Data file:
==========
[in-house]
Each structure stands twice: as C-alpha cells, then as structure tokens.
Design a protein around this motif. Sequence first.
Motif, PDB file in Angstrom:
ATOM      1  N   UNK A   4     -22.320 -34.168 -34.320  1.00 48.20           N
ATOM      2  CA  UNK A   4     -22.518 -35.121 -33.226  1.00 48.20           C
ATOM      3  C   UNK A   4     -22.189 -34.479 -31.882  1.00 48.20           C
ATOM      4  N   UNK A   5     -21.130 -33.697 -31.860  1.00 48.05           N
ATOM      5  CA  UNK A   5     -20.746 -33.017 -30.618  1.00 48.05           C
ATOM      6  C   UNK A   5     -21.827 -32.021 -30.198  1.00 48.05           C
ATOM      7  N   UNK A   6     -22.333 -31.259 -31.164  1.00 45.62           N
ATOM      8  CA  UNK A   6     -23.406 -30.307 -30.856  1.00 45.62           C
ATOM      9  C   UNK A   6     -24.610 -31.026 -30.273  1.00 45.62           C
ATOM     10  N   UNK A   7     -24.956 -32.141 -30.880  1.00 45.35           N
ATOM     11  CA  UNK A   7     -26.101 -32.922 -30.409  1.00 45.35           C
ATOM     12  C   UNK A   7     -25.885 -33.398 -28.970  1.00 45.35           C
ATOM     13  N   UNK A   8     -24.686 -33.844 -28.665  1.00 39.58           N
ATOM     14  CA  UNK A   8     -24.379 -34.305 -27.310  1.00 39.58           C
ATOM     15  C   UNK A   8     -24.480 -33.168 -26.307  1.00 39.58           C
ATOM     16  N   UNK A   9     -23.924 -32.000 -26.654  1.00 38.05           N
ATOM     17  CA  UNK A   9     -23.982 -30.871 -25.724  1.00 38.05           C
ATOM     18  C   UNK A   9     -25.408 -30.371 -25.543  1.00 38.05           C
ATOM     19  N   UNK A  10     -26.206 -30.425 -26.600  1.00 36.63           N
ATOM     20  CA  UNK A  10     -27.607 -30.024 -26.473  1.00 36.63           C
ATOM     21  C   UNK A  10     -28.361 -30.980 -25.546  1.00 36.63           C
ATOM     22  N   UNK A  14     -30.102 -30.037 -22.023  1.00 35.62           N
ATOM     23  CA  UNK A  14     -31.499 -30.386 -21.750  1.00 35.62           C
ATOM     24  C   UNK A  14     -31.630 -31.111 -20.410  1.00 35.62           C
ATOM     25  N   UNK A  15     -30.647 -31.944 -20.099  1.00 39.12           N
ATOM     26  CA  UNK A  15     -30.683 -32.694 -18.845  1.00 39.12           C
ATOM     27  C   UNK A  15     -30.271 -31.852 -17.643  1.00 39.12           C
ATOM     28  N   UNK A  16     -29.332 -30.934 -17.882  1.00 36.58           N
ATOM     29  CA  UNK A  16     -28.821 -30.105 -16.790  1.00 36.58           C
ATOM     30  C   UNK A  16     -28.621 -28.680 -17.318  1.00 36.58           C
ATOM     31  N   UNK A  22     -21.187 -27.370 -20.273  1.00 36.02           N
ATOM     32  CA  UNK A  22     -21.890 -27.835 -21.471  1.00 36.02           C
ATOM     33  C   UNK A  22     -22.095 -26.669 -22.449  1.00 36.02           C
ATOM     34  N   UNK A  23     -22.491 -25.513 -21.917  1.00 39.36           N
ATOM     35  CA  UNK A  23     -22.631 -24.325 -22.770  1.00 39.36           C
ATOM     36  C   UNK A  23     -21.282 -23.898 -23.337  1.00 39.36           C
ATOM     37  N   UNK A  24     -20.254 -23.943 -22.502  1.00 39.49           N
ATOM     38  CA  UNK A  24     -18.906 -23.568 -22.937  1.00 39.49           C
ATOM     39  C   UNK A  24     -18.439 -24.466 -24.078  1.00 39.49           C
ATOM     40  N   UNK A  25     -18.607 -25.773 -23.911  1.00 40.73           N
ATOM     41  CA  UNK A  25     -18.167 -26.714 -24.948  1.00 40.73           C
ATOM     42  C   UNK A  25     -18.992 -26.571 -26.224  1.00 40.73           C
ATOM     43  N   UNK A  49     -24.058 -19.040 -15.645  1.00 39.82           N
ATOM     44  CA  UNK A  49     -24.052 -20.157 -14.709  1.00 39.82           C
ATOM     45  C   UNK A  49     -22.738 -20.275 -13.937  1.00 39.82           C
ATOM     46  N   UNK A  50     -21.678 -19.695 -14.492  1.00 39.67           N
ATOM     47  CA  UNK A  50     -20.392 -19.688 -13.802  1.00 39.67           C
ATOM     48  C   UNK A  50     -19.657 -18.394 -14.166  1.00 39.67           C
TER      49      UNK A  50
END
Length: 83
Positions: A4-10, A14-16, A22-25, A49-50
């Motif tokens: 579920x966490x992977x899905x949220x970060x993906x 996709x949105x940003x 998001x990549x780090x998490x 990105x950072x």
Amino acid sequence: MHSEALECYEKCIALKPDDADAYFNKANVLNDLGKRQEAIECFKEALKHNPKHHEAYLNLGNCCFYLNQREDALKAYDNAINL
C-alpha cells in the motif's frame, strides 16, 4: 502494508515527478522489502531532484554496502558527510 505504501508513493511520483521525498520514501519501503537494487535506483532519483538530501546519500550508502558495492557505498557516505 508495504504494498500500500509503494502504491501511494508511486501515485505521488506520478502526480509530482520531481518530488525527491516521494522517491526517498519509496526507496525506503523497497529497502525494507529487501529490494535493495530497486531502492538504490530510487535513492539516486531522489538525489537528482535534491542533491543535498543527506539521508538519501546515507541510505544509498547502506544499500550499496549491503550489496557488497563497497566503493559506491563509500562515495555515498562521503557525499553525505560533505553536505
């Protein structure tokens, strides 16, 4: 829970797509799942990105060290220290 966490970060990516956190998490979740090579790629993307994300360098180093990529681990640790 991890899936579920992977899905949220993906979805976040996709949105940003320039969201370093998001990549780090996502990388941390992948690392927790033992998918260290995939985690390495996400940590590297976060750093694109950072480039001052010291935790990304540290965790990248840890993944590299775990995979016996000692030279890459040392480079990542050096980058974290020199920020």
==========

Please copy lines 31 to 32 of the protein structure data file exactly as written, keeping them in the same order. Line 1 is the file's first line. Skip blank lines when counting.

ATOM     27  C   UNK A  15     -30.271 -31.852 -17.643  1.00 39.12           C
ATOM     28  N   UNK A  16     -29.332 -30.934 -17.882  1.00 36.58           N